4. Citizenfour: Putting the politics of the story aside (is that possible?), just watching Edward Snowden actually meet with documentary filmmaker Laura Poitras and journalist Glenn Greenwald in a Hong Kong hotel room in 2013 to share classified information about surveillance of U.S. citizens, is thrilling. The film's website describes it as, "a real life thriller, unfolding by the minute." It's a rare opportunity to witness news in the making.
5. Locke: Tom Hardy. You know, Bane. A BMW X5. A series of phone calls. 85 minutes. It's a one-man show.
Top Vines of 2014 - Werth in a storm:
6. The Past is a Grotesque Animal: "The thing about of Montreal," keyboardist Dottie Alexander says in the trailer for the career-spanning documentary on the Athens, GA-born band, is, "either you've never heard of us, or we're your absolute favorite band." That pretty much sums it up. What Dig was for Anton Newcombe, The Brian Jonestown Massacre and The Dandy Warhols, The Past is a Grotesque Animal should be for Kevin Barnes and his band Of Montreal.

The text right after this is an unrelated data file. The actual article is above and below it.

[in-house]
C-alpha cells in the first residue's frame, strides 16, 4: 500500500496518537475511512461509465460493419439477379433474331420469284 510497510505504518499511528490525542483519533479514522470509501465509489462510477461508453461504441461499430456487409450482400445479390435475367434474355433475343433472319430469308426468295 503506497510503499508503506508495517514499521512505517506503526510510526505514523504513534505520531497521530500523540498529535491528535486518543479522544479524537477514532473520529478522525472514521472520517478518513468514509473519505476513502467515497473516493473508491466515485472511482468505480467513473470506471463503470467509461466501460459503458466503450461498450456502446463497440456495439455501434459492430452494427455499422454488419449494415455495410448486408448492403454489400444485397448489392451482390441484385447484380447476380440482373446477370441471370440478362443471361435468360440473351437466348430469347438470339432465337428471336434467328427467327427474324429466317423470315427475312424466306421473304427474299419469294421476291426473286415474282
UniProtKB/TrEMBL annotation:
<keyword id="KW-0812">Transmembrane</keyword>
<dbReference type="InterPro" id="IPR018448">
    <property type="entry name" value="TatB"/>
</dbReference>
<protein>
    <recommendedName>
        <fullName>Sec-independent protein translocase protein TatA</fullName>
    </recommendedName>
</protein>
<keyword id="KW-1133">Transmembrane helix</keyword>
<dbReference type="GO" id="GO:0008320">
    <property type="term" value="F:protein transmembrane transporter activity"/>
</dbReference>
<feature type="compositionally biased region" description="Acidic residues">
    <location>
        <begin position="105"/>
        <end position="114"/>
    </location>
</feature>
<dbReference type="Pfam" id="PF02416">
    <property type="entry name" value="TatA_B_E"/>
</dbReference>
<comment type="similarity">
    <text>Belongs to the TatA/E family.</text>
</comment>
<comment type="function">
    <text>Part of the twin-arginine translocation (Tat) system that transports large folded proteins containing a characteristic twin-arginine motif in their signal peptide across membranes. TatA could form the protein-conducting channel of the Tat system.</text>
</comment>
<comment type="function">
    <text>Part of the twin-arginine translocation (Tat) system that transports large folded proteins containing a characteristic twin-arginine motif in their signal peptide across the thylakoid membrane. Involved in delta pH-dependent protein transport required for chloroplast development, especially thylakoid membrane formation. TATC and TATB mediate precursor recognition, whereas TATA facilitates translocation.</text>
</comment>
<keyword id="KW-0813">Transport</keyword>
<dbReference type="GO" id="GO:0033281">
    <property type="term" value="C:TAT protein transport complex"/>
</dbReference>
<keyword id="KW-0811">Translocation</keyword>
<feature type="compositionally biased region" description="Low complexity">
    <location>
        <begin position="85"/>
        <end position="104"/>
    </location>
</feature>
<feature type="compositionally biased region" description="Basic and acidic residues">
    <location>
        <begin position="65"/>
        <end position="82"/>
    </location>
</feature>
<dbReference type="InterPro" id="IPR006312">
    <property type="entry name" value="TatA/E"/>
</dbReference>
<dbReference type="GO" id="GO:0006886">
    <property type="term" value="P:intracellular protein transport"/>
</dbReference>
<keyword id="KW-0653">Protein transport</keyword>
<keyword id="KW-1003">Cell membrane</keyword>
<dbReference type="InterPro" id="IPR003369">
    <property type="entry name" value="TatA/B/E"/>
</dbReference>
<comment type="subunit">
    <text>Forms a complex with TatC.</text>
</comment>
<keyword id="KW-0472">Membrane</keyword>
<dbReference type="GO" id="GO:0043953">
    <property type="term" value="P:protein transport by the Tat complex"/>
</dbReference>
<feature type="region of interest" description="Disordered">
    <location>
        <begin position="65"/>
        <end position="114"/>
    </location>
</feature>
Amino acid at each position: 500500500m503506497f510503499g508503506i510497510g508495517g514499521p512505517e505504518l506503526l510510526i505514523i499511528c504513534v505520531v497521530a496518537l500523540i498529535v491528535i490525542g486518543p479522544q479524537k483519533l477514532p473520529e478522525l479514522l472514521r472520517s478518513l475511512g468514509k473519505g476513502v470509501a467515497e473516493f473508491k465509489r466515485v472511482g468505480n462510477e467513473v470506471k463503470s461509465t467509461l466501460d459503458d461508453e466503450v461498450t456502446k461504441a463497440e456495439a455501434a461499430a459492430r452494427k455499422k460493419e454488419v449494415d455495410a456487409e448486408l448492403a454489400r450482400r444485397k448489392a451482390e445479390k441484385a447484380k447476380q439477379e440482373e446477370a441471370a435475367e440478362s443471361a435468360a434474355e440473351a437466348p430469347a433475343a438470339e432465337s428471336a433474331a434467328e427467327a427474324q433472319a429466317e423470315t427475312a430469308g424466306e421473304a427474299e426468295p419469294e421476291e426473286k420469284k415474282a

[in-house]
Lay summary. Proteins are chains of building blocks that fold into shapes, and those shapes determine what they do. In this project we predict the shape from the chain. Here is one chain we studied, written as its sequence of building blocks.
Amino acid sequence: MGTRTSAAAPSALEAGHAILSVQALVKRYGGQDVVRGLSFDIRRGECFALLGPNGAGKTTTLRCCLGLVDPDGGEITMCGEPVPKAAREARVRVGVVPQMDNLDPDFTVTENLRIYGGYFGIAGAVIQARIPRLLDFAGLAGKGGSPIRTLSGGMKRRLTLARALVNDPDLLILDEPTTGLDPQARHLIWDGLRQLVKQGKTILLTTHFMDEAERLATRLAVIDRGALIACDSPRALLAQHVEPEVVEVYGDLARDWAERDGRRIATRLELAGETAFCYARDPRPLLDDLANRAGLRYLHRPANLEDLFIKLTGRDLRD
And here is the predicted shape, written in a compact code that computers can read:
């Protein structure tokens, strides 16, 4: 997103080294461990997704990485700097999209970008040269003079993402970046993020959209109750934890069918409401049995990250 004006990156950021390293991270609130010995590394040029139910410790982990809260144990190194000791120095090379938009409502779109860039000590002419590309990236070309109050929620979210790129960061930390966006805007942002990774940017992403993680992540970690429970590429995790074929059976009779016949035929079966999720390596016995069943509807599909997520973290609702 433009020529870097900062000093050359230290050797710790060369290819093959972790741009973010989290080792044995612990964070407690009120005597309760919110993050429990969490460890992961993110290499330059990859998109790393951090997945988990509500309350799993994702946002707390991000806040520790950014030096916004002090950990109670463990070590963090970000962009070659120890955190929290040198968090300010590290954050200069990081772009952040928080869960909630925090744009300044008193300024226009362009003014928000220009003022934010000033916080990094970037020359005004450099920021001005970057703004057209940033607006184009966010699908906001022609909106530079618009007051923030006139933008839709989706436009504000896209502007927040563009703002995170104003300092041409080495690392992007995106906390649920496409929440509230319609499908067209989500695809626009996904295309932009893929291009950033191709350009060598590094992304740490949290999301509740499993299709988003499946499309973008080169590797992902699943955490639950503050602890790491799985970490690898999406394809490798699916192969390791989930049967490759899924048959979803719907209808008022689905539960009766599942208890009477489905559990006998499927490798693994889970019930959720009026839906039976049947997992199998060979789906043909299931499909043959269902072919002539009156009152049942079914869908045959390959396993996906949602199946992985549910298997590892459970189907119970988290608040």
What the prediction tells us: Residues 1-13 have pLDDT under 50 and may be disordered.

7. Only Lovers Left Alive: A Jim Jarmusch vampire movie? I'm in. Tom Hiddleston and Tilda Swinton as centuries-old vampires, Adam and Eve, living apart in Tangiers and Detroit, respectively, in what Jim Jarmusch told Vice was actually "a love story with vampires." Sold. The coolest movie of the year, just when it seemed cool was dead.
8. Finding Vivian Maier: Vivian Maier was a nanny in Chicago for 40 years and secretly a street photographer. After her death, her photographs were discovered by John Maloof when he purchased a box of negatives at auction and then eventually, with the help of others, tracked down 100,000-to-150,000 of her negatives. This documentary tells her story and the history of the discovery of her work.
Honorable Mention (so we didn't have to just pick two more to round out the Top 10): The Internet's Own Boy; Blue Ruin; Listen up, Phillip; Interstellar; Imitation Game; Frank.
Top 5 Instagram Pics:
FBB's Year in Music or (What we listened to this year at Federal Baseball):
1. The Brian Jonestown Massacre - "Revelation": They're still my favorite band and somehow on their 14th proper studio album, Anton Newcombe and co. managed to write and record what are now a few of my favorite BJTM songs. How often does that happen twenty-one years into a band's career? Newcombe, a California-born guitarist and songwriter, lives in Berlin now, but continues to turn out some of the most meticulously-produced 60's-leaning, psychedelic rock 'n' roll around.